“Word on a Wing,” off Station to Station, is perhaps David Bowie‘s most explicitly religious song, born out of a drug-fueled spiritual crisis while he was making a science fiction movie. This result is an elaborate ballad with one of Bowie’s more impassioned lead vocals.
We last encountered British-Canadian singer-songwriter Dana Gavanski with her cover of a Tim Hardin deep cut. With her cover of “Word on a Wing,” she’s once again showing a willingness to dig deep in the discographies of the great singer-songwriters of the past, rather than just covering the hits.
Gavanski’s begins as utterly distinct from Bowie’s; the elaborate, nearly-orchestral arrangement from the first verse. (Bowie’s original has eight musicians on it.) It’s replaced by guitar, bass and drums for the first verse and chorus. It’s only in the second verse that the arrangement expands to what you might expect from the song, with keyboards and a deep male voice popping up briefly in the mix. She double-tracks her voice, to give it more fullness. Bowie is one of the great singers of his era and trying to take on one of his more bravura vocal parts must be daunting. So she fiddles with the enunciation, and moves away from the outright passion to something a little more calm and quirky.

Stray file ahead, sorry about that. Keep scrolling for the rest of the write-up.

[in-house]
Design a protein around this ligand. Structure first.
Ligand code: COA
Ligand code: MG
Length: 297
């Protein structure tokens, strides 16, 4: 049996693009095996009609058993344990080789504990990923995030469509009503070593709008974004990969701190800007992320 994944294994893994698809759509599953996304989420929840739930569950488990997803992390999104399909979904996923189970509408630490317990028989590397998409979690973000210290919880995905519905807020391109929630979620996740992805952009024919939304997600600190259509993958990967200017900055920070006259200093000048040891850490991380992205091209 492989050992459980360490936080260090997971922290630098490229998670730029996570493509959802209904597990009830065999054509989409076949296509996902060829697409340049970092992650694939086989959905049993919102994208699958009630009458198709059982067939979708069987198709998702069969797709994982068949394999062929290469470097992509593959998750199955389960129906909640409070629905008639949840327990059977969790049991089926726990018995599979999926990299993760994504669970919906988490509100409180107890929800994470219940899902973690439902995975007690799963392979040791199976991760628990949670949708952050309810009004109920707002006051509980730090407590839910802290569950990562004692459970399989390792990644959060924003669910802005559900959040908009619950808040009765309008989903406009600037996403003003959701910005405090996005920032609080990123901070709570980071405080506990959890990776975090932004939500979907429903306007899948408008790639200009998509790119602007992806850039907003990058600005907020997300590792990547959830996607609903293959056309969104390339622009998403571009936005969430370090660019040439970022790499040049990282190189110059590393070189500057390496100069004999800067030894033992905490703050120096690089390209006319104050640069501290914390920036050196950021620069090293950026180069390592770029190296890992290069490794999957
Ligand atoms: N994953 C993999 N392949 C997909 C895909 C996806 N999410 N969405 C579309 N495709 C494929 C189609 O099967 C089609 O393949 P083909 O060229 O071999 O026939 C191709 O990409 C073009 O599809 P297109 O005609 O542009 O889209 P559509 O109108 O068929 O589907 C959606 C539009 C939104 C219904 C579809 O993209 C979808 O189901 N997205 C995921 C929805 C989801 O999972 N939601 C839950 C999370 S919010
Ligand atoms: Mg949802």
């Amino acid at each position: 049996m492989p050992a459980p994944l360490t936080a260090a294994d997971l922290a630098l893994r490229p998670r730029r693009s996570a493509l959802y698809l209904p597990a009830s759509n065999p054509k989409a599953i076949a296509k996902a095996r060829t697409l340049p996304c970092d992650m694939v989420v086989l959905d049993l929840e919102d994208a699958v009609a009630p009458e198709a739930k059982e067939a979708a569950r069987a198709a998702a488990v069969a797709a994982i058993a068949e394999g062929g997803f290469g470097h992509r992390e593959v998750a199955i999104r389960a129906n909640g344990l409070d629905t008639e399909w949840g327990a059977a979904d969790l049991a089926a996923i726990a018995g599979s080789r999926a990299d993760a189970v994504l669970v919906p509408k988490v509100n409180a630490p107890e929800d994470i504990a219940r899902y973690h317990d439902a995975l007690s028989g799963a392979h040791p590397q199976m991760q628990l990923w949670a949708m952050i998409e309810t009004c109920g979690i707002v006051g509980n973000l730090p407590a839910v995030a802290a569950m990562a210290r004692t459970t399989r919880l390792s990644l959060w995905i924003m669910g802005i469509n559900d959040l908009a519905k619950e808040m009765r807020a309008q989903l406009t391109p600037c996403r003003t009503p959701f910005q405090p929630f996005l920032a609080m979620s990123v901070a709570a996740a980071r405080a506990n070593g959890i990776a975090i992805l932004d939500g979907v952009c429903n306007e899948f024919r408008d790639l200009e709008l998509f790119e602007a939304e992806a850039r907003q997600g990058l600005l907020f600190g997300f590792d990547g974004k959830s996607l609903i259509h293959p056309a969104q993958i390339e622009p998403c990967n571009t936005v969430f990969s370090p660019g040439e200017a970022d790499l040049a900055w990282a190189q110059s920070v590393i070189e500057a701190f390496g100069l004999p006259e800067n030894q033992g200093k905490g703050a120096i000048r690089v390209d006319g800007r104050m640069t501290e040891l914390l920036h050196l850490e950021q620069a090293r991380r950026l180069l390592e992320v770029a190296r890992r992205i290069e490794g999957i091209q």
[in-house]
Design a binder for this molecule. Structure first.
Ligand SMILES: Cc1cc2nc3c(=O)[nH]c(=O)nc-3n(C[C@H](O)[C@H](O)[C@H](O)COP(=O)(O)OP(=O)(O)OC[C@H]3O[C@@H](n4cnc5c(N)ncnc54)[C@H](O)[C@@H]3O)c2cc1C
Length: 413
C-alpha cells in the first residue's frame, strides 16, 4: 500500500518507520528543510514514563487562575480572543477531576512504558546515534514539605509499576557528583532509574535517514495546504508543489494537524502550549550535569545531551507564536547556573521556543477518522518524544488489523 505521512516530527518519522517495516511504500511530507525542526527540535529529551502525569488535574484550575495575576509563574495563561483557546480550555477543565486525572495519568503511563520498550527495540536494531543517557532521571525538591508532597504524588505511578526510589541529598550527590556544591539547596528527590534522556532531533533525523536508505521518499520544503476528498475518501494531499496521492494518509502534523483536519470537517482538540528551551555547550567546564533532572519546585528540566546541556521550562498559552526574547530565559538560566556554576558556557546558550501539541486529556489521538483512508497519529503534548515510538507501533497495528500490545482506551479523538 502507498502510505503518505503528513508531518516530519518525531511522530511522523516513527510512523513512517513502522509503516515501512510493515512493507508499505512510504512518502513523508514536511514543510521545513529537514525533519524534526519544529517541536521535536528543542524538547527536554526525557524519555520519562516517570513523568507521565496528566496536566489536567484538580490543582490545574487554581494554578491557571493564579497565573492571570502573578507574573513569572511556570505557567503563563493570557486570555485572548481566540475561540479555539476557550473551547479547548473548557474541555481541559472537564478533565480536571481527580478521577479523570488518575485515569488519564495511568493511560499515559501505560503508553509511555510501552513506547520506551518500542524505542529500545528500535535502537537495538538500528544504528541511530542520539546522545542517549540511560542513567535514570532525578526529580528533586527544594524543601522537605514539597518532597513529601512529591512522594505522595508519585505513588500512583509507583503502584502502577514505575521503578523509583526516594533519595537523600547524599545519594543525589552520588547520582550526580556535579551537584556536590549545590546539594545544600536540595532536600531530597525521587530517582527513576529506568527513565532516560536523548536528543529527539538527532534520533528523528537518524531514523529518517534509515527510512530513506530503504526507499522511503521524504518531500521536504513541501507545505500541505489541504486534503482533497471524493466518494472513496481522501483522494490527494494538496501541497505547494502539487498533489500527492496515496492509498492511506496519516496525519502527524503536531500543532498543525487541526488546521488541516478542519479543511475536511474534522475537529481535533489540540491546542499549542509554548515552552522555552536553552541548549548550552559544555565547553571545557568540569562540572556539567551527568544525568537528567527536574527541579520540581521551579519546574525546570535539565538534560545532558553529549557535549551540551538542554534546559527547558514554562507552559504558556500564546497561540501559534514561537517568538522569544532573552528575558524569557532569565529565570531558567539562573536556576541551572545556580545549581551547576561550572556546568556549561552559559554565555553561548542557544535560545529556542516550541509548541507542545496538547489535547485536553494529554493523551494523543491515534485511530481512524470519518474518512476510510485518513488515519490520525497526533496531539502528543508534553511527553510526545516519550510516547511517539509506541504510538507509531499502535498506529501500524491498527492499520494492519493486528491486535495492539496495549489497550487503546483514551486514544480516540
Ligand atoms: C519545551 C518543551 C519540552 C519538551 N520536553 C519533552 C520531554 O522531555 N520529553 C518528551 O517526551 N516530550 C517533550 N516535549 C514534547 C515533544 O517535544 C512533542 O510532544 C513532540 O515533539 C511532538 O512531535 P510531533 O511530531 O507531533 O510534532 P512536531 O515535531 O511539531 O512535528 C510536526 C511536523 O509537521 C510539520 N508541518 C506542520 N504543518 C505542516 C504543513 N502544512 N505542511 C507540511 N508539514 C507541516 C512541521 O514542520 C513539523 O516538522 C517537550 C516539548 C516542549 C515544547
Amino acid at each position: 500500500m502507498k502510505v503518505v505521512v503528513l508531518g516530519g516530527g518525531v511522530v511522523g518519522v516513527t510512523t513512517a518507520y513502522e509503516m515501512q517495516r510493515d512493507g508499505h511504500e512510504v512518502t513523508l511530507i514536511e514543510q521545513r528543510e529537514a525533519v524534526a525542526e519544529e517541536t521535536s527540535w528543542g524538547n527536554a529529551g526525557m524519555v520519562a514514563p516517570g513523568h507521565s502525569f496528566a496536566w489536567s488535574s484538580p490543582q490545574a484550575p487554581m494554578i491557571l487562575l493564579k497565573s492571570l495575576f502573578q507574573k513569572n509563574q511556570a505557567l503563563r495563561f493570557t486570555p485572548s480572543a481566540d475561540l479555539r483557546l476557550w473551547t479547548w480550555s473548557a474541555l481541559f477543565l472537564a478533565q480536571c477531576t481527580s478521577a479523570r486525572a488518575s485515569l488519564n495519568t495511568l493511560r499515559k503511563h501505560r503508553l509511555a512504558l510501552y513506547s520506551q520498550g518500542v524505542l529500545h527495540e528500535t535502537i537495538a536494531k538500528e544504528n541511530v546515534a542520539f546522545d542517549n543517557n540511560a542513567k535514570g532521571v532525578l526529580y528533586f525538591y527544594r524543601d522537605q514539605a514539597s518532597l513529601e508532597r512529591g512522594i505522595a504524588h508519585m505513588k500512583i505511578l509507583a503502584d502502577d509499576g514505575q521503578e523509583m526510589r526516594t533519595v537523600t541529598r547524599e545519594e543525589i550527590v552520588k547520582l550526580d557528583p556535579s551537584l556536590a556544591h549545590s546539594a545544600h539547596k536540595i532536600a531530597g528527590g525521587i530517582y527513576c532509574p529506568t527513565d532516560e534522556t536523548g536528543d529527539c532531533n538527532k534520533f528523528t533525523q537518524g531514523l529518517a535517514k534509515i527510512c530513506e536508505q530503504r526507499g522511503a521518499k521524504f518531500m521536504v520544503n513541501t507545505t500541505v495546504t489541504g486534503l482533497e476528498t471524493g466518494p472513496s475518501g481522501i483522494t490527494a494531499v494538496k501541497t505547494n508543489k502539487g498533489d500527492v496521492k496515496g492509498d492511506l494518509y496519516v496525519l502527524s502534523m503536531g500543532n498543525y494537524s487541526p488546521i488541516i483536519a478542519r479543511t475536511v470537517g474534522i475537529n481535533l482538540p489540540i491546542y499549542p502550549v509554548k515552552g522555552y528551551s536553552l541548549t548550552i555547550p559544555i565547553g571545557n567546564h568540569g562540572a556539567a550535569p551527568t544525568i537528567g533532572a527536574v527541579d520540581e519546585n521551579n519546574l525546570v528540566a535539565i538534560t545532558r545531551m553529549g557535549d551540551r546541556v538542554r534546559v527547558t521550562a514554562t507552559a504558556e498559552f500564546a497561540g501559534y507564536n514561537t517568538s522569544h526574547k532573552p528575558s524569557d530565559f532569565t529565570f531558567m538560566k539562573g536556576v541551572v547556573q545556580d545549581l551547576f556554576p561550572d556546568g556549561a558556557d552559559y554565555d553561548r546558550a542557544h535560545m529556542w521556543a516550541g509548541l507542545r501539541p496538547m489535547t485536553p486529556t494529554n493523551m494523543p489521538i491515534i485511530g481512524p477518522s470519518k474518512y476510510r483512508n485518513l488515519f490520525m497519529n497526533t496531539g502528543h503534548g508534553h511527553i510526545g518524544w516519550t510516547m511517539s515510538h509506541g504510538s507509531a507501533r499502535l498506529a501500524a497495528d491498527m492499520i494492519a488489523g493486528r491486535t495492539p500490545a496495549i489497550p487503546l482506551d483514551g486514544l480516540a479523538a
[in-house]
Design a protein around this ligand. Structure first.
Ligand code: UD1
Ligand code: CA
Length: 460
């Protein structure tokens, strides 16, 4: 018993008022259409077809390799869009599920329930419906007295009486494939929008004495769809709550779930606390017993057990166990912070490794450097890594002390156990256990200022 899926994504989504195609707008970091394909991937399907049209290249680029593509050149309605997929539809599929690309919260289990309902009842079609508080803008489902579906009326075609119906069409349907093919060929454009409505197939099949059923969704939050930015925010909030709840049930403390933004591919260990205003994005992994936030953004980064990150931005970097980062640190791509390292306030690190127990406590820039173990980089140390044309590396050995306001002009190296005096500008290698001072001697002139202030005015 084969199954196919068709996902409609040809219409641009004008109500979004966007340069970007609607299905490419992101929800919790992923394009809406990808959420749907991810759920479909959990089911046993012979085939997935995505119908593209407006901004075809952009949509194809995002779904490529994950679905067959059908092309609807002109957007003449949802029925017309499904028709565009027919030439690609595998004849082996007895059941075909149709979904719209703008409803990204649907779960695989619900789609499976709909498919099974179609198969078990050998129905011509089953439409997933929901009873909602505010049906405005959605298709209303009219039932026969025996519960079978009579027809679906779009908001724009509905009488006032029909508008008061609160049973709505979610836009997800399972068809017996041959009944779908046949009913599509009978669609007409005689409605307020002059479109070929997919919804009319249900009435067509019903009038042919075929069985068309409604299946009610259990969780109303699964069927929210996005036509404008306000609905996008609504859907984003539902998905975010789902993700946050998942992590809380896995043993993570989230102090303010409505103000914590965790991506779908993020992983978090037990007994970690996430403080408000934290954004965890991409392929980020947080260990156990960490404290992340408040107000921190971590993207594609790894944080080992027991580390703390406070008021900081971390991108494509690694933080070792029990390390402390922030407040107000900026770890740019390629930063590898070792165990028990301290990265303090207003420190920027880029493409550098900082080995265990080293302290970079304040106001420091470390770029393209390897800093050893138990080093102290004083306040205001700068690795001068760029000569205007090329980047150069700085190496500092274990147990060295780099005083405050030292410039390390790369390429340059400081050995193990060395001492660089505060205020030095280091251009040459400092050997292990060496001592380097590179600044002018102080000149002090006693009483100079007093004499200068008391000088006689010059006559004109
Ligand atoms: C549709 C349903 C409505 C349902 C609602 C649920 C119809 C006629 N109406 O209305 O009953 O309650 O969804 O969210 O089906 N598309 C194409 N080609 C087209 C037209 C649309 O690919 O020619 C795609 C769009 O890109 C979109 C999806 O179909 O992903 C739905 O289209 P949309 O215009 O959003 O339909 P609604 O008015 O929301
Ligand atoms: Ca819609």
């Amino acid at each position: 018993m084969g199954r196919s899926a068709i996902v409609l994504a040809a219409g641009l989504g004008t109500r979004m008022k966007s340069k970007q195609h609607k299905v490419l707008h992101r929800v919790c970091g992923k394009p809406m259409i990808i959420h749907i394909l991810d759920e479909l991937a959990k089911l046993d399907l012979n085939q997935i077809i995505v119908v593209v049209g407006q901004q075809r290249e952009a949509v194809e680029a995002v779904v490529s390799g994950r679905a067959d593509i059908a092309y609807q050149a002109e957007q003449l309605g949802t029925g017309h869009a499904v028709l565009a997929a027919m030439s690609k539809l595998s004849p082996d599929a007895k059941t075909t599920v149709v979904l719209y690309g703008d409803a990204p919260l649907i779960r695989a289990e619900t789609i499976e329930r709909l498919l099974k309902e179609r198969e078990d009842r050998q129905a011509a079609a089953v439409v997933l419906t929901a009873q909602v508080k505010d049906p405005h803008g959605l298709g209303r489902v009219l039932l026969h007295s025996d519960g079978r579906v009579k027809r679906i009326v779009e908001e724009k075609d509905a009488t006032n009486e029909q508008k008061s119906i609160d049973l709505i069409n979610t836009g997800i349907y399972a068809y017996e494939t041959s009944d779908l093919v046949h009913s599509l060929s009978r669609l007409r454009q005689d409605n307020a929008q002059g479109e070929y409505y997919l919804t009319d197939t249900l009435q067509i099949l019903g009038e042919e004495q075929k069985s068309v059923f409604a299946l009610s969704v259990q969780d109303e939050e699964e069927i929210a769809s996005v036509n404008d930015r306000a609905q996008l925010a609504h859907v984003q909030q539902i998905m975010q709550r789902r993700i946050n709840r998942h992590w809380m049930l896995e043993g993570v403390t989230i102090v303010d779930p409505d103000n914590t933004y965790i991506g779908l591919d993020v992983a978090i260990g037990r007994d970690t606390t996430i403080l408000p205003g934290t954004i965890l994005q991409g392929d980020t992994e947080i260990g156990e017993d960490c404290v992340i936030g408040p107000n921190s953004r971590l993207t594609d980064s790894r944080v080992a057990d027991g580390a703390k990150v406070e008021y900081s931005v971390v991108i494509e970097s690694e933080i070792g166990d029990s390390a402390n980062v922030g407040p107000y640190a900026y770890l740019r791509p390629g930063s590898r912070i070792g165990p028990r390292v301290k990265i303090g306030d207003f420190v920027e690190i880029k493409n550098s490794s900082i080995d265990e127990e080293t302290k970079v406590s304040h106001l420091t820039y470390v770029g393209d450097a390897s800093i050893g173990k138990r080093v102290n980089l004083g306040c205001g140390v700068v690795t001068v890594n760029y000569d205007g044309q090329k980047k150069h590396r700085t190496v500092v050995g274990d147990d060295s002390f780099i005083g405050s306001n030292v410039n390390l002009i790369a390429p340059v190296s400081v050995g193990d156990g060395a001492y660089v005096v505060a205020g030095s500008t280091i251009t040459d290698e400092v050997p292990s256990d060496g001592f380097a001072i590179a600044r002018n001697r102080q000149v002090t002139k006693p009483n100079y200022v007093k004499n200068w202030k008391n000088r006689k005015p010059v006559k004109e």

The result is a cover that surprises – going from a sound very distinct from the original in its first verse to something like an indie folk version of the original in the second. It’s a neat take on one of Bowie’s under-known great songs.